Mutiny on the Mondego highlights parlous state of Portuguese Navy
With the disciplinary fate of the 13 sailors who refused a mission on NRP Mondego still very much unclear, Expresso today has run with the story that the Portuguese Navy is without sailors for all its ships.
‘Mutiny on the Mondego’ has simply served to bring this compromising detail to the public space – something for which the sailors themselves may now face criminal prosecution.
Correio da Manhã, for example, suggests today that the 13 men could not only face charges for insubordination and overriding of the functions of the ship’s commander, but violation of “the reserve necessary over the state of military equipment”.
At issue is the fact that in listing all the Mondego’s operational problems, and issues of failed maintenance checks over the last 500 days, these are now “known by the whole world” (in the words of Admiral of the fleet Gouveia e Melo).
The Admiral travelled to Madeira yesterday to confront the 13 “in the eyes, face to face”, says the paper, and is understood to have asked them what their motivations were in prompting this incident.
“Whose interests were you defending? Certainly to the Navy’s, even less your own”, is how the paper explains the head of the Armada’s approach.
Thus, violation of secrecy could be a new crime to add to the inquiry that is being undertaken now by PJ military police.
Meantime, Expresso carries a full page on this incident, explaining: “The problems of the Navy are serious and difficult to resolve – from maintenance to the retention of personnel”.
Yes, there is a new law approved in this week’s Council of Ministers to revise the programming of financial support to the military, but it cannot be expected to bring instant results. Thus Gouveia e Melo’s overriding message that the Navy’s hierarchy and the government are focused on doing everything they can, but interventions of the kind suffered in Madeira last Saturday are not helpful in any way, shape or form.
Says Expresso, “according to numbers in an official document presented in December by the Admiral in a parliamentary meeting on defence behind closed doors, 458 contracted sailors abandoned the Navy in 2022: an average of 1.3 per day”.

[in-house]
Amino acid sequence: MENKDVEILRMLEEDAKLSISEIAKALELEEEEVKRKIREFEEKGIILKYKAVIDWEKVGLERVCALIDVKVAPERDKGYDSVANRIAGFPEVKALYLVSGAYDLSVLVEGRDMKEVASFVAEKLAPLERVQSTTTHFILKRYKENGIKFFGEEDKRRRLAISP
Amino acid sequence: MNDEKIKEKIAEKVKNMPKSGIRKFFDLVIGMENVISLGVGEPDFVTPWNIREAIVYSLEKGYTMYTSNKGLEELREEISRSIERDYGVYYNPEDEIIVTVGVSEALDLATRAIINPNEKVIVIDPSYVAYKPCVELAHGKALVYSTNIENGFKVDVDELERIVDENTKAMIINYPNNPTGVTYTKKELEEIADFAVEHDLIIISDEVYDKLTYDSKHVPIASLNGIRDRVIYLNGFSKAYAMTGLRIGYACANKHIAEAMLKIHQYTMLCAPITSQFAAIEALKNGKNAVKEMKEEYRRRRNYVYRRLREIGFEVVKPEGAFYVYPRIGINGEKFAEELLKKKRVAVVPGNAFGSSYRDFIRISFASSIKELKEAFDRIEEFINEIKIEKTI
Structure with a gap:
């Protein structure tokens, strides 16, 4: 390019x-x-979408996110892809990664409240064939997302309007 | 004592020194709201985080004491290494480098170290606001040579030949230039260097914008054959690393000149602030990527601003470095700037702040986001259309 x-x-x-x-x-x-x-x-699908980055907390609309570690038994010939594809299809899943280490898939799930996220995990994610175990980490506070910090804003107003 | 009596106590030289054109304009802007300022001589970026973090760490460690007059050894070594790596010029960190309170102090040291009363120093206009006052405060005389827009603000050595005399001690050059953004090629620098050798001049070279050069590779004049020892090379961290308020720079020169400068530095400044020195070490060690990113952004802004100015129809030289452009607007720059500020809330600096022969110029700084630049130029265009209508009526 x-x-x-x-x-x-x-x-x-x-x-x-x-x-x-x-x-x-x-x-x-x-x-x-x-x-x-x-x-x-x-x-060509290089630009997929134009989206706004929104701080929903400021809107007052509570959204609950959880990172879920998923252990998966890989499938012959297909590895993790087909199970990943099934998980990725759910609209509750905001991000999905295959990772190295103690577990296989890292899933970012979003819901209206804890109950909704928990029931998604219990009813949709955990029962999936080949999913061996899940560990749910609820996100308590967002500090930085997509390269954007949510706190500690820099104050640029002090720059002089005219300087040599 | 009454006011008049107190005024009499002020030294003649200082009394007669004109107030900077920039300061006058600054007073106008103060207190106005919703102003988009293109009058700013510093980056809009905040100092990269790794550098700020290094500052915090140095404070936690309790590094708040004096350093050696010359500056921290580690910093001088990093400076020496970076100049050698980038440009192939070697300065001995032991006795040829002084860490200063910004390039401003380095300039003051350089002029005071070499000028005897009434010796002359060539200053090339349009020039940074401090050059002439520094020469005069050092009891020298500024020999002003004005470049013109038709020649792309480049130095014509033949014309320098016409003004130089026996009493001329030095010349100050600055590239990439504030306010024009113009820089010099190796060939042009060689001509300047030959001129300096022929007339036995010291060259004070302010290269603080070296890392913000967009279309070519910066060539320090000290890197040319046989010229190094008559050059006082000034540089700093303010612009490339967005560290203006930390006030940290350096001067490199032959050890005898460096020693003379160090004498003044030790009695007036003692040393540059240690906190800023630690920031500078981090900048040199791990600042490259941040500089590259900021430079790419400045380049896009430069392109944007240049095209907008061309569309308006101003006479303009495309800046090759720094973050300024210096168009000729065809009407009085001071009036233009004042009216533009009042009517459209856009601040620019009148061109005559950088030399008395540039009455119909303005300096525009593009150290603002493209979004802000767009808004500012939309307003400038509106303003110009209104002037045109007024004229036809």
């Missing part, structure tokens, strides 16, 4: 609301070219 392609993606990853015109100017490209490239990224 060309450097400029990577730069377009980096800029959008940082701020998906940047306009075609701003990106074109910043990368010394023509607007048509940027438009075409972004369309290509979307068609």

The document also explained that the government did not authorise the replacement of these sailors. “The Navy proposed 397 admissions for 2022, but the Ministry of Defence, in a joint dispatch with the (Ministry of) Finances only authorised the admission of 238.
“The difference in this lack of 159 sailors corresponds to crewmembers for two frigates” a source tells the paper.
Lack of personnel affects the three arms of the Armed Forces (Navy, Army, Air Force).
The problem is only not more apparent in the Navy because this crisis also affects ships.
“If four of the five frigates were ready and operational (only two are fully operational) Gouveia e Melo would not have enough personnel for the crews”, explains Expresso.
Worse, the same document suggested that if the number of sailors leaving the service continues “at the same rhythm” by 2027 the Navy will only have 1,218 ‘praças’ (lower ranks), which is the absolute minimum required.
In other words, there are endless issues – and insubordination does not help any of them.
“The Navy cannot forget, ignore or forgive indisciplinary acts, whether sailors are tired, demotivated, or concerned over their own realities”, said the Admiral. As a result, the 13 sailors of the Mondego face a very tough moment in their careers.
Says Expresso, the men have not taken up the offer of legal help from military associations, instead hiring their own lawyer, Paulo Graça, who has told Correio da Manhã that there are facts in this situation that “have not been published, and others with interpretation different to that of the Navy”.
Paulo Graça criticises Admiral Gouveia e Melo for “not being partial” and has described the situation of his 13 clients as having “their liberty limited for the last five days. They are being slowly cooked…”
The men are due to be heard by PJ military police in Lisbon on Monday at 10am, while a Naval inquiry has concluded that, with all its various technical faults, the NRP Mondego was nonetheless in a position in which “the mission could have been performed in safety”.